Irish women have taken to the streets and social media in protest after an attorney said a teenage girl's choice of underwear meant she couldn't have been raped.
Defence lawyer Elizabeth O'Connell was representing a 27-year-old man who had been accused of raping a 17-year-old girl in an alleyway in Cork. He denied the allegation.
In court on November 5, Ms O'Connell reportedly told jurors they should take into consideration the teenager's choice of underwear on the night of the alleged rape.
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"Does the evidence out-rule the possibility that she was attracted to the defendant and was open to meeting someone and being with someone?" she said.
"You have to look at the way she was dressed. She was wearing a thong with a lace front."
She also held up the teenager's underwear to show the entire court, Yahoo7 News reports.
The jury unanimously acquitted the defendant of rape after deliberating for 90 minutes.
Ms O'Connell's comments and actions were widely condemned across the country, reaching as far as Ireland's parliament.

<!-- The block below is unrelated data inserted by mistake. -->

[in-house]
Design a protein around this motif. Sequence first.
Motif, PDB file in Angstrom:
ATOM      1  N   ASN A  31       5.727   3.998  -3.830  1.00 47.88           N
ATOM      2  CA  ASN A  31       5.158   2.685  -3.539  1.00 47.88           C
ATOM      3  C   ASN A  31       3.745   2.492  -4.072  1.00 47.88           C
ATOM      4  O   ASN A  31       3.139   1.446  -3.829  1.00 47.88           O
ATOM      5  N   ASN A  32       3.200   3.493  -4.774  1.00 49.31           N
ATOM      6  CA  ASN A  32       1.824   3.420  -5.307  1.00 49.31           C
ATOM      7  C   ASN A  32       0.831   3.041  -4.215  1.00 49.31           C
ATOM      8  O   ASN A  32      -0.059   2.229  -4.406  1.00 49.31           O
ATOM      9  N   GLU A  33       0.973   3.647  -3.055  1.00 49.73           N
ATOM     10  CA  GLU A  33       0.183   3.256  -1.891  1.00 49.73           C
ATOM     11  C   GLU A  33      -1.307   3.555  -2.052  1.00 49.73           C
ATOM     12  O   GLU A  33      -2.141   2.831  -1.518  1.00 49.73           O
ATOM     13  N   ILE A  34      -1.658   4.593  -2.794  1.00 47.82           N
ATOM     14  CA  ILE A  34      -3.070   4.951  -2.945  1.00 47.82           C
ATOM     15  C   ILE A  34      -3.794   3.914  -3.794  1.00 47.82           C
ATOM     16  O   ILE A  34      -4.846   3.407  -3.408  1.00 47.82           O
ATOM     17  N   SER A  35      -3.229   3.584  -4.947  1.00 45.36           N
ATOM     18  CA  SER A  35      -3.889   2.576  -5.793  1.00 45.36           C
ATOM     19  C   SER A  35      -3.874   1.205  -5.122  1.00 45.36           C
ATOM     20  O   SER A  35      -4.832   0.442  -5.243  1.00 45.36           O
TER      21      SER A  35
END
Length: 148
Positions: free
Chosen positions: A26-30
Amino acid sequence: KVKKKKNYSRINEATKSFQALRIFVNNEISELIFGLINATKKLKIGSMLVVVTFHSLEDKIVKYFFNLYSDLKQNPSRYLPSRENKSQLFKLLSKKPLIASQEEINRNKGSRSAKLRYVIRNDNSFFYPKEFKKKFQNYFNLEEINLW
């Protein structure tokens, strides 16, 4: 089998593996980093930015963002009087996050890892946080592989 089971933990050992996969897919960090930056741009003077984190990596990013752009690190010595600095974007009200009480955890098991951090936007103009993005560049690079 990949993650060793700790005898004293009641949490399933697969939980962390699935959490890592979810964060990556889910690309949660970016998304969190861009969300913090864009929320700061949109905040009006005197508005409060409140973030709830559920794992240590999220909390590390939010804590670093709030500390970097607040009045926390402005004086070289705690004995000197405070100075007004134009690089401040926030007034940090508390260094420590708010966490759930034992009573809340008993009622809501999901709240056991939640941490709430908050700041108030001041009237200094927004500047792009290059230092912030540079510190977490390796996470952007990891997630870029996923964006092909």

Politician Ruth Coppinger produced a blue thong during a debate to demonstrate how the young woman was humiliated in court.
"It might seem embarrassing to show a pair of thongs here," she said to her fellow politicians.
"How do you think a rape victim or a woman feels at the incongruous setting of her underwear being shown in a court?"
Afterwards, Ms Coppinger posted on Twitter that cameras panned away from her as she held up the thong, despite it being legal for the underwear of an alleged victim to be passed around an Irish courtroom.
She led a protest march through Dublin on Wednesday (local time), demanding to "end victim-blaming in the courts". Alongside traditional protest signs, women displayed pairs of underwear alongside the hashtag #ThisIsNotConsent.
At the same time in Cork, approximately 200 people marched to the court where the rape trial was held, and laid underwear on the steps of the courthouse.
#ThisIsNotConsent also trended on social media as a result of the protests, with women sharing photos of their own underwear along with captions explaining why clothes don't automatically mean consent to sex.
Charlie Flanagan, Ireland's minister for justice and equality, told The Irish Examiner he's open to the idea of changing the law around how rape trials are conducted.